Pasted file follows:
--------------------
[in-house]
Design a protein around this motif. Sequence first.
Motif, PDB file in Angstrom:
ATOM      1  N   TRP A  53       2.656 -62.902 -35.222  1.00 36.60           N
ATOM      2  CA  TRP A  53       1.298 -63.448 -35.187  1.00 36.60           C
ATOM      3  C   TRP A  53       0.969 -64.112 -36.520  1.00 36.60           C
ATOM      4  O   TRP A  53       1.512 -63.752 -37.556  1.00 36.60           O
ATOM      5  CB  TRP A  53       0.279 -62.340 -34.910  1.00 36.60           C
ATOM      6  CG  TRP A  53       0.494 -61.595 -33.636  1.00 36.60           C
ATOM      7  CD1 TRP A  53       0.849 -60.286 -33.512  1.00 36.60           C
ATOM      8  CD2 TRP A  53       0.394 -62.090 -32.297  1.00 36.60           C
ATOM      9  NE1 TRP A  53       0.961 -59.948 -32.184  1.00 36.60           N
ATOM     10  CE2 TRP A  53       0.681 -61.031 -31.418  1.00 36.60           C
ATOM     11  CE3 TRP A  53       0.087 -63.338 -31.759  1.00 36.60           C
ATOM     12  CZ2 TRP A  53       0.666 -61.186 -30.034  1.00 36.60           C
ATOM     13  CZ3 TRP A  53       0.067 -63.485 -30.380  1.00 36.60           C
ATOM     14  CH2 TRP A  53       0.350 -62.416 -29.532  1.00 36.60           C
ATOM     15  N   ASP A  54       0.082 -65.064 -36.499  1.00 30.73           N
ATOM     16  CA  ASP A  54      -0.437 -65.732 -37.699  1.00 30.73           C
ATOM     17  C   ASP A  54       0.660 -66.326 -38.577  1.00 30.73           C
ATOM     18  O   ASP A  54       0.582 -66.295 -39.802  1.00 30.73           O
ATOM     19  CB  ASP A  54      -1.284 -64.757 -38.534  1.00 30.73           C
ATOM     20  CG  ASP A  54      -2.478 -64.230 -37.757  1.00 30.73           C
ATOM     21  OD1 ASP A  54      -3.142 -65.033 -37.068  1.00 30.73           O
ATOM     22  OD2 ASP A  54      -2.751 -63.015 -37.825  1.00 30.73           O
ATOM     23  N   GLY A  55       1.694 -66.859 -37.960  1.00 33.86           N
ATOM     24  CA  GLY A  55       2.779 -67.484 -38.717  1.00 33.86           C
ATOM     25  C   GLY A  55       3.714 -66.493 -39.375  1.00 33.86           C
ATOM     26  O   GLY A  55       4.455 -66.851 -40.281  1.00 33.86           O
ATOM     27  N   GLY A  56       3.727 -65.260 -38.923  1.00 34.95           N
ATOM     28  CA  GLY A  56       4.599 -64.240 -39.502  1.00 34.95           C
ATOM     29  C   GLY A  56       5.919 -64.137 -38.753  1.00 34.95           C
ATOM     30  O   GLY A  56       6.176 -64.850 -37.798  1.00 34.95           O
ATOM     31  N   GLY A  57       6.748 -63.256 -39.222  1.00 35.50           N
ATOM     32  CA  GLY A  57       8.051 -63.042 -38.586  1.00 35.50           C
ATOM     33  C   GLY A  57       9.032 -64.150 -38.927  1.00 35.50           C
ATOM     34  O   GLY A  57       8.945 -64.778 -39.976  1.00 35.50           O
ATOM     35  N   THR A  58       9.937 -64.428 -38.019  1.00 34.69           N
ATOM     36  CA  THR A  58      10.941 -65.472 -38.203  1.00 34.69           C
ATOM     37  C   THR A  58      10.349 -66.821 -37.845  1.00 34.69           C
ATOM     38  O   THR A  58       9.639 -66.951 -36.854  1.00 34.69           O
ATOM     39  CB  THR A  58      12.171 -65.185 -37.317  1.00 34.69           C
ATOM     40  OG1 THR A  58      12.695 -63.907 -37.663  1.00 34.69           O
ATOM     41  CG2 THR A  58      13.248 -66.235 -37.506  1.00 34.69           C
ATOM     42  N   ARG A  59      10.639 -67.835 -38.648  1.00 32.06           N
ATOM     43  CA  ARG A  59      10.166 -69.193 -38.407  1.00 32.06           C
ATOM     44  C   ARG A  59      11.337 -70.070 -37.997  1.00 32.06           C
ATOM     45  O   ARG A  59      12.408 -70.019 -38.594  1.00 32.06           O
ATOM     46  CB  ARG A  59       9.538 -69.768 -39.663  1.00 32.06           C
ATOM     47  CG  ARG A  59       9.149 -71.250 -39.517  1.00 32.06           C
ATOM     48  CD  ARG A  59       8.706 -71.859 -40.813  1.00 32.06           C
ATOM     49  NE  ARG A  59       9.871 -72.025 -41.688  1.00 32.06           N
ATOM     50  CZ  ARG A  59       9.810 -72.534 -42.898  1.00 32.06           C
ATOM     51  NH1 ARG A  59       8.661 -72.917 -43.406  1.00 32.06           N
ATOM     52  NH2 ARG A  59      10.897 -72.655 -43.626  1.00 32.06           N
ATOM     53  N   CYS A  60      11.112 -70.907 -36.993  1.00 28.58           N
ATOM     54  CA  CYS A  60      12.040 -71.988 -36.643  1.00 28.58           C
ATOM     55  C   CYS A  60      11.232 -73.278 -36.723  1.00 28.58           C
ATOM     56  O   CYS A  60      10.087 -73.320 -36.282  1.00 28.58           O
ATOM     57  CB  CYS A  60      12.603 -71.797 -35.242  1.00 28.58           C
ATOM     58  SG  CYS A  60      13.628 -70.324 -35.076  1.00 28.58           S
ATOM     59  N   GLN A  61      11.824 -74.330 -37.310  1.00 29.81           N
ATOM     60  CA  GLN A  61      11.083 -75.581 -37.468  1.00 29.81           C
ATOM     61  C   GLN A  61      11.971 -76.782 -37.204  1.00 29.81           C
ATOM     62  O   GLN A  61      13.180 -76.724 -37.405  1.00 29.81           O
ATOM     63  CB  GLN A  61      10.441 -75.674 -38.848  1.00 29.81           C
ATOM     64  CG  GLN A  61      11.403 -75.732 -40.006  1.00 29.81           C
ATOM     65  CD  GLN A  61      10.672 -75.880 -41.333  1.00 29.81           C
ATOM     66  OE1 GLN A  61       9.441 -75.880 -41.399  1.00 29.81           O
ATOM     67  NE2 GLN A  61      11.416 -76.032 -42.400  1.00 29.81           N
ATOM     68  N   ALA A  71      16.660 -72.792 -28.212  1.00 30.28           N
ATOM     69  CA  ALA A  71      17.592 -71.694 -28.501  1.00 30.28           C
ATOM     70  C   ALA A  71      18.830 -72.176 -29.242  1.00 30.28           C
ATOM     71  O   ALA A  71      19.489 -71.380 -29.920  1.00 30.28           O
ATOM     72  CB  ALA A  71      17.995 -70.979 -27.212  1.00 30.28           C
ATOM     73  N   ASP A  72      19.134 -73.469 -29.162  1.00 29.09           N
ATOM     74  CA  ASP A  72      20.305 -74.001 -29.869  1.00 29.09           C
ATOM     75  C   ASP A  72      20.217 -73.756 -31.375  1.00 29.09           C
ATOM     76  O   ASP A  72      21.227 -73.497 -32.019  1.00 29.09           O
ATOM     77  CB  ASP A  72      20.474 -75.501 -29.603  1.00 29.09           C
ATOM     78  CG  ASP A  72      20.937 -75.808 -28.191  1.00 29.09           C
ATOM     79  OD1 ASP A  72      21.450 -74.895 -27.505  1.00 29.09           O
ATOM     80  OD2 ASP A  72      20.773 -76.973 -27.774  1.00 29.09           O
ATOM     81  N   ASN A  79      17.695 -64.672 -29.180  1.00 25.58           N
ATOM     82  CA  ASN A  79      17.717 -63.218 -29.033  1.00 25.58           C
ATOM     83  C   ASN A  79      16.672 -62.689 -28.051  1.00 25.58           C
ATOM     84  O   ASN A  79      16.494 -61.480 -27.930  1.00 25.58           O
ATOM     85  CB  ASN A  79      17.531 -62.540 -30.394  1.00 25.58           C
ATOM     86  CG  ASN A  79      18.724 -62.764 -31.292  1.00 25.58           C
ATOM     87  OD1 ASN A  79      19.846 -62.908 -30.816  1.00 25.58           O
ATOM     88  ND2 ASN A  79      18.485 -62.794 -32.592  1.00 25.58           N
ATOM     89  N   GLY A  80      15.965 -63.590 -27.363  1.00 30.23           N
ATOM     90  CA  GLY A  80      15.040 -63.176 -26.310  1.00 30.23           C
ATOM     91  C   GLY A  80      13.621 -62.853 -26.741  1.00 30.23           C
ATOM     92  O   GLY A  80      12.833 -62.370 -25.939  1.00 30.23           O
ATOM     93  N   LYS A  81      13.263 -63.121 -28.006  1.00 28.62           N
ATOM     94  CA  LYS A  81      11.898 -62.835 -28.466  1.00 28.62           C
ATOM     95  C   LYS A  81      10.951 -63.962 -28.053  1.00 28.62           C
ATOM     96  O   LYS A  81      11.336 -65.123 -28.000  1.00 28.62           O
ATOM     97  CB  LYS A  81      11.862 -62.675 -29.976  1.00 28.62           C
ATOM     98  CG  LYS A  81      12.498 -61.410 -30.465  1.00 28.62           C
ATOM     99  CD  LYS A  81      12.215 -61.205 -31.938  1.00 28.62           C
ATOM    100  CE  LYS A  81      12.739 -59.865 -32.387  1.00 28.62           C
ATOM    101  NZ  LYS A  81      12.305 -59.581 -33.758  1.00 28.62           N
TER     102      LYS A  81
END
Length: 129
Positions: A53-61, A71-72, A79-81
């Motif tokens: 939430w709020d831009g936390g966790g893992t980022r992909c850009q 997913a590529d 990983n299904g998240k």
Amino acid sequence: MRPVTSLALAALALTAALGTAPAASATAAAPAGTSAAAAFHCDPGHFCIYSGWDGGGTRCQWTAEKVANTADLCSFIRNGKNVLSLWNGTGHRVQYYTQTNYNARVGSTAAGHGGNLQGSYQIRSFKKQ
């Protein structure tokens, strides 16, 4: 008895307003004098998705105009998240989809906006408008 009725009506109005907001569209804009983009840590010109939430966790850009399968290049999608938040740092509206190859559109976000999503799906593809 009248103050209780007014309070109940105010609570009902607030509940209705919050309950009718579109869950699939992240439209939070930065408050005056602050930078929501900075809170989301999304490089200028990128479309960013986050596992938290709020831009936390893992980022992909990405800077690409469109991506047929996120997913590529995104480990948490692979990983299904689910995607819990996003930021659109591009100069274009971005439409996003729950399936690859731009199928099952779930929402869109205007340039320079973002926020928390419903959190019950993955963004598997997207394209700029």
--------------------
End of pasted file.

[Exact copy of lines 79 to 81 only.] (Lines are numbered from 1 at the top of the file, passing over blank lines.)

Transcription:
ATOM     76  O   ASP A  72      21.227 -73.497 -32.019  1.00 29.09           O
ATOM     77  CB  ASP A  72      20.474 -75.501 -29.603  1.00 29.09           C
ATOM     78  CG  ASP A  72      20.937 -75.808 -28.191  1.00 29.09           C